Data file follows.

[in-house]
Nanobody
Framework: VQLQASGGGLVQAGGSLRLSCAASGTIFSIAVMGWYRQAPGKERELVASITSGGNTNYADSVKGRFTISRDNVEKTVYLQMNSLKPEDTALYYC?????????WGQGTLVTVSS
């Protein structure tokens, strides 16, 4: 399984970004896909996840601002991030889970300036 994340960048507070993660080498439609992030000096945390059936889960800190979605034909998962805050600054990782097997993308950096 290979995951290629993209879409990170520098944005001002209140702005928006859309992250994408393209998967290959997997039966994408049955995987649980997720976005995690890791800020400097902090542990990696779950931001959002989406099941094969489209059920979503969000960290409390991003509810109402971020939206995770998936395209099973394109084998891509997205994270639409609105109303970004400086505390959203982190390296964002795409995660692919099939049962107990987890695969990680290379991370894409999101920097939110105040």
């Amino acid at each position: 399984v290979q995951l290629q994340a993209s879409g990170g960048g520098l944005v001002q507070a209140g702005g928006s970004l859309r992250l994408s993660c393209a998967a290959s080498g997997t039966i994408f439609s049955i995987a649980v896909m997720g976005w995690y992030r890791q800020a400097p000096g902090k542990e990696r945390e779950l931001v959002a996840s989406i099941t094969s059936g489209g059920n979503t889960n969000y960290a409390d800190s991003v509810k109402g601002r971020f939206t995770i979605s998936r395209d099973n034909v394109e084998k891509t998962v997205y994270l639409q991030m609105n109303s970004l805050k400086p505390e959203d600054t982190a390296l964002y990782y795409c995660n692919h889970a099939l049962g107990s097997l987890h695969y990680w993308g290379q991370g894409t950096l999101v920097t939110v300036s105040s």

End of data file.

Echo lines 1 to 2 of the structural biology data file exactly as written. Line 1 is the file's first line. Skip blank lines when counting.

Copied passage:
[in-house]
Nanobody